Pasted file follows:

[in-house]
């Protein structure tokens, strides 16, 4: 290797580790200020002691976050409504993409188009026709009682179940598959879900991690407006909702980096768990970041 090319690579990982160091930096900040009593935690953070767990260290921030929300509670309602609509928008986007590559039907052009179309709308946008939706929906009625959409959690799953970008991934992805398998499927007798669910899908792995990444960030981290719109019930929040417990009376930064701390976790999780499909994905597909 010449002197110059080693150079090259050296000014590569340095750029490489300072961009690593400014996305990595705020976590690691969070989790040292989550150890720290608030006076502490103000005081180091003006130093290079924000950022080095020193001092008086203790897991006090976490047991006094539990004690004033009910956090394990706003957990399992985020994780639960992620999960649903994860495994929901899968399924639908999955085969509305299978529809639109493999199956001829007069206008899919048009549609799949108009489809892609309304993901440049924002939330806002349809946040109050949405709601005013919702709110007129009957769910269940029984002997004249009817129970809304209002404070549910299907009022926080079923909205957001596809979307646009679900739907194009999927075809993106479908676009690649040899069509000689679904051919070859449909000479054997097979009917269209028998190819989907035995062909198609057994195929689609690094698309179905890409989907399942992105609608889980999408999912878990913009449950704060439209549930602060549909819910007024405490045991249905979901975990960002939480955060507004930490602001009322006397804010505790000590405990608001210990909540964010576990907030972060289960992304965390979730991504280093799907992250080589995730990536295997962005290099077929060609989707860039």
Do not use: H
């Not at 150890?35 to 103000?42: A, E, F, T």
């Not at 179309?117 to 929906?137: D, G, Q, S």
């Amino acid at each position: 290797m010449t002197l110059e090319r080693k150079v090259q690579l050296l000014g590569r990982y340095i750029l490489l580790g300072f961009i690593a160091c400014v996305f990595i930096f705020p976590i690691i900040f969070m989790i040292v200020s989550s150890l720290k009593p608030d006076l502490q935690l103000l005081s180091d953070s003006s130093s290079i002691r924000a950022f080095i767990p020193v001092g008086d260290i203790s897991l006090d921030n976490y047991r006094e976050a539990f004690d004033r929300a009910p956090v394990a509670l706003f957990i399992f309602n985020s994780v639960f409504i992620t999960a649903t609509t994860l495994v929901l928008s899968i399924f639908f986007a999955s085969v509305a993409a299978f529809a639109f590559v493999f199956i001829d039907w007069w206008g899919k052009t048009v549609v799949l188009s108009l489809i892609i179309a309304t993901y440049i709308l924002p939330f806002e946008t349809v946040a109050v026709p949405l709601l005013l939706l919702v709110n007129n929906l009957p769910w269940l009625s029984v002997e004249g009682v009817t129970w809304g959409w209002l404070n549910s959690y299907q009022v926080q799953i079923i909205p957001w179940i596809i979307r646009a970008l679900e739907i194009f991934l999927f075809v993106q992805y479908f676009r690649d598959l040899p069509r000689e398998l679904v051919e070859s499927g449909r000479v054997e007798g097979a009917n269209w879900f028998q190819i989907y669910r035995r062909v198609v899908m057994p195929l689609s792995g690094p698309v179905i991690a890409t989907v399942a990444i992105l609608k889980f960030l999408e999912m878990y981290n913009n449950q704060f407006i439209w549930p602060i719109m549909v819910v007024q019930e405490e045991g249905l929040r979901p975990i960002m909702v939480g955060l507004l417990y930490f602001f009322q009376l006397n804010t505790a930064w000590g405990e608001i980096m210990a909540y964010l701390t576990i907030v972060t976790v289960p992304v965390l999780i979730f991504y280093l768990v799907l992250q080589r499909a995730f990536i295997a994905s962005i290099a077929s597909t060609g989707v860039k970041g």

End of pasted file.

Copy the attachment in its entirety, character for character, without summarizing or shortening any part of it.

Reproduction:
[in-house]
């Protein structure tokens, strides 16, 4: 290797580790200020002691976050409504993409188009026709009682179940598959879900991690407006909702980096768990970041 090319690579990982160091930096900040009593935690953070767990260290921030929300509670309602609509928008986007590559039907052009179309709308946008939706929906009625959409959690799953970008991934992805398998499927007798669910899908792995990444960030981290719109019930929040417990009376930064701390976790999780499909994905597909 010449002197110059080693150079090259050296000014590569340095750029490489300072961009690593400014996305990595705020976590690691969070989790040292989550150890720290608030006076502490103000005081180091003006130093290079924000950022080095020193001092008086203790897991006090976490047991006094539990004690004033009910956090394990706003957990399992985020994780639960992620999960649903994860495994929901899968399924639908999955085969509305299978529809639109493999199956001829007069206008899919048009549609799949108009489809892609309304993901440049924002939330806002349809946040109050949405709601005013919702709110007129009957769910269940029984002997004249009817129970809304209002404070549910299907009022926080079923909205957001596809979307646009679900739907194009999927075809993106479908676009690649040899069509000689679904051919070859449909000479054997097979009917269209028998190819989907035995062909198609057994195929689609690094698309179905890409989907399942992105609608889980999408999912878990913009449950704060439209549930602060549909819910007024405490045991249905979901975990960002939480955060507004930490602001009322006397804010505790000590405990608001210990909540964010576990907030972060289960992304965390979730991504280093799907992250080589995730990536295997962005290099077929060609989707860039």
Do not use: H
């Not at 150890?35 to 103000?42: A, E, F, T």
């Not at 179309?117 to 929906?137: D, G, Q, S």
């Amino acid at each position: 290797m010449t002197l110059e090319r080693k150079v090259q690579l050296l000014g590569r990982y340095i750029l490489l580790g300072f961009i690593a160091c400014v996305f990595i930096f705020p976590i690691i900040f969070m989790i040292v200020s989550s150890l720290k009593p608030d006076l502490q935690l103000l005081s180091d953070s003006s130093s290079i002691r924000a950022f080095i767990p020193v001092g008086d260290i203790s897991l006090d921030n976490y047991r006094e976050a539990f004690d004033r929300a009910p956090v394990a509670l706003f957990i399992f309602n985020s994780v639960f409504i992620t999960a649903t609509t994860l495994v929901l928008s899968i399924f639908f986007a999955s085969v509305a993409a299978f529809a639109f590559v493999f199956i001829d039907w007069w206008g899919k052009t048009v549609v799949l188009s108009l489809i892609i179309a309304t993901y440049i709308l924002p939330f806002e946008t349809v946040a109050v026709p949405l709601l005013l939706l919702v709110n007129n929906l009957p769910w269940l009625s029984v002997e004249g009682v009817t129970w809304g959409w209002l404070n549910s959690y299907q009022v926080q799953i079923i909205p957001w179940i596809i979307r646009a970008l679900e739907i194009f991934l999927f075809v993106q992805y479908f676009r690649d598959l040899p069509r000689e398998l679904v051919e070859s499927g449909r000479v054997e007798g097979a009917n269209w879900f028998q190819i989907y669910r035995r062909v198609v899908m057994p195929l689609s792995g690094p698309v179905i991690a890409t989907v399942a990444i992105l609608k889980f960030l999408e999912m878990y981290n913009n449950q704060f407006i439209w549930p602060i719109m549909v819910v007024q019930e405490e045991g249905l929040r979901p975990i960002m909702v939480g955060l507004l417990y930490f602001f009322q009376l006397n804010t505790a930064w000590g405990e608001i980096m210990a909540y964010l701390t576990i907030v972060t976790v289960p992304v965390l999780i979730f991504y280093l768990v799907l992250q080589r499909a995730f990536i295997a994905s962005i290099a077929s597909t060609g989707v860039k970041g």